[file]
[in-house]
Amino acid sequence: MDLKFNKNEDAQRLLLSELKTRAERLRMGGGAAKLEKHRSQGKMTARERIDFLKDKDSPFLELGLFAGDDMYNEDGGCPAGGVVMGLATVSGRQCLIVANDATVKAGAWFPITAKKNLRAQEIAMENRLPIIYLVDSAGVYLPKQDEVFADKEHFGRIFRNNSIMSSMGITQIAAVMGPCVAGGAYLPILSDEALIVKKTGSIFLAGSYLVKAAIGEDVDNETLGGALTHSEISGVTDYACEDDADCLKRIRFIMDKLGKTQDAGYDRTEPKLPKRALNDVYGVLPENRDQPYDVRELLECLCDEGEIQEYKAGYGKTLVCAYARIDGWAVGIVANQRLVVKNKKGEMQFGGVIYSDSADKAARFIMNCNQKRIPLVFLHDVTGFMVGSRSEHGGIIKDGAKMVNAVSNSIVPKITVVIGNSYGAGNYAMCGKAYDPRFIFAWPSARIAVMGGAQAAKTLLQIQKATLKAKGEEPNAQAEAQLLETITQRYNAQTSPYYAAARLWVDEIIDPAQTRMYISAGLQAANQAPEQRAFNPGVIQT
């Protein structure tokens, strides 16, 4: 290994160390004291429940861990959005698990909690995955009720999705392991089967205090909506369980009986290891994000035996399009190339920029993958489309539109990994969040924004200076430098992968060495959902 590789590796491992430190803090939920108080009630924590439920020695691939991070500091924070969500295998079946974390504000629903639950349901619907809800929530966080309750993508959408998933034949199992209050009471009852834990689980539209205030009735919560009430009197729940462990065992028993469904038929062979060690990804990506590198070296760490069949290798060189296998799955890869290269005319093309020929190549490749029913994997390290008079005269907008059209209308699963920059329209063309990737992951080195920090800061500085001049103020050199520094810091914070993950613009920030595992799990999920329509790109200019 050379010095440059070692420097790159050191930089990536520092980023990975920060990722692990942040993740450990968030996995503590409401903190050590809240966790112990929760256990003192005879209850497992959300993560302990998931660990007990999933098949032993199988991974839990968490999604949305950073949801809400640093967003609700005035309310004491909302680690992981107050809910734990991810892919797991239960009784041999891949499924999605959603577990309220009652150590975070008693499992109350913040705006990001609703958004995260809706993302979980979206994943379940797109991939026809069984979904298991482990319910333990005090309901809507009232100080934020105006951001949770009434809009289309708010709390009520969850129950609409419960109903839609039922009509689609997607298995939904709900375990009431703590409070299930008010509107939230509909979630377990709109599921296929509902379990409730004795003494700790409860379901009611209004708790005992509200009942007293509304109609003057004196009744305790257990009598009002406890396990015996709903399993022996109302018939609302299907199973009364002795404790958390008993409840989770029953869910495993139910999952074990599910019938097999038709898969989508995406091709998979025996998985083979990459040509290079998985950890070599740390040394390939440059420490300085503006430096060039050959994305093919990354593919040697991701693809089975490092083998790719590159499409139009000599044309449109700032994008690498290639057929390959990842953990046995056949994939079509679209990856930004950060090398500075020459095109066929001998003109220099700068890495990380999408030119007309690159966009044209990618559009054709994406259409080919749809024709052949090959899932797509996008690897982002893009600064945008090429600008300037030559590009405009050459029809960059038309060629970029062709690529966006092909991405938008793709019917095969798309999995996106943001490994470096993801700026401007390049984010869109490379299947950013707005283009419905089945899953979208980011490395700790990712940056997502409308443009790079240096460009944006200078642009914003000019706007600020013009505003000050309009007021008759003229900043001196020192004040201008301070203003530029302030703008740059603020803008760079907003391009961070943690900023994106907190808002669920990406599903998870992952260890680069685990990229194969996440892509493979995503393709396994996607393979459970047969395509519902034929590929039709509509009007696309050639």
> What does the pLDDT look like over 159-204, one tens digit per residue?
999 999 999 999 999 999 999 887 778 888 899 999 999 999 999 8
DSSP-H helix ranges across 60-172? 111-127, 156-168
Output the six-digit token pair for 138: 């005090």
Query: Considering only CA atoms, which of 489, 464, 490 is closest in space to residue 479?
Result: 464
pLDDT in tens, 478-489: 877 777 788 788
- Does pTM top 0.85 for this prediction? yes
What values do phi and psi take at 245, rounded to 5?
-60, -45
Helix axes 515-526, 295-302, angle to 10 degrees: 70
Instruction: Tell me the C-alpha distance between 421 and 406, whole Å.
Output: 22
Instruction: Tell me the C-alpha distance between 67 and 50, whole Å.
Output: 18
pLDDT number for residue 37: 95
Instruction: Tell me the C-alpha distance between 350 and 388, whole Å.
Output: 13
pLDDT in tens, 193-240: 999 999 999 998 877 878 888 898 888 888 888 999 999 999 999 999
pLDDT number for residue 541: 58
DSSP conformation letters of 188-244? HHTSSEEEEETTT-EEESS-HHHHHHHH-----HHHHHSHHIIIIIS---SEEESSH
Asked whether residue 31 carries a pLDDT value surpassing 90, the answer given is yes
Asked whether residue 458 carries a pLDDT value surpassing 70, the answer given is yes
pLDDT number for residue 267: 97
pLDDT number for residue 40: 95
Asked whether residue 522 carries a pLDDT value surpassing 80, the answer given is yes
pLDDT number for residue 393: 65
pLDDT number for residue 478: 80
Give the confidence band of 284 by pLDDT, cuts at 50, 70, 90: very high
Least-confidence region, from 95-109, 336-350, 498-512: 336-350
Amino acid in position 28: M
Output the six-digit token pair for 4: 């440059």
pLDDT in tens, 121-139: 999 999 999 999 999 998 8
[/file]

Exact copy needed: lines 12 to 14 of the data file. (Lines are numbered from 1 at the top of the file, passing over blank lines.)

What values do phi and psi take at 245, rounded to 5?
-60, -45
Helix axes 515-526, 295-302, angle to 10 degrees: 70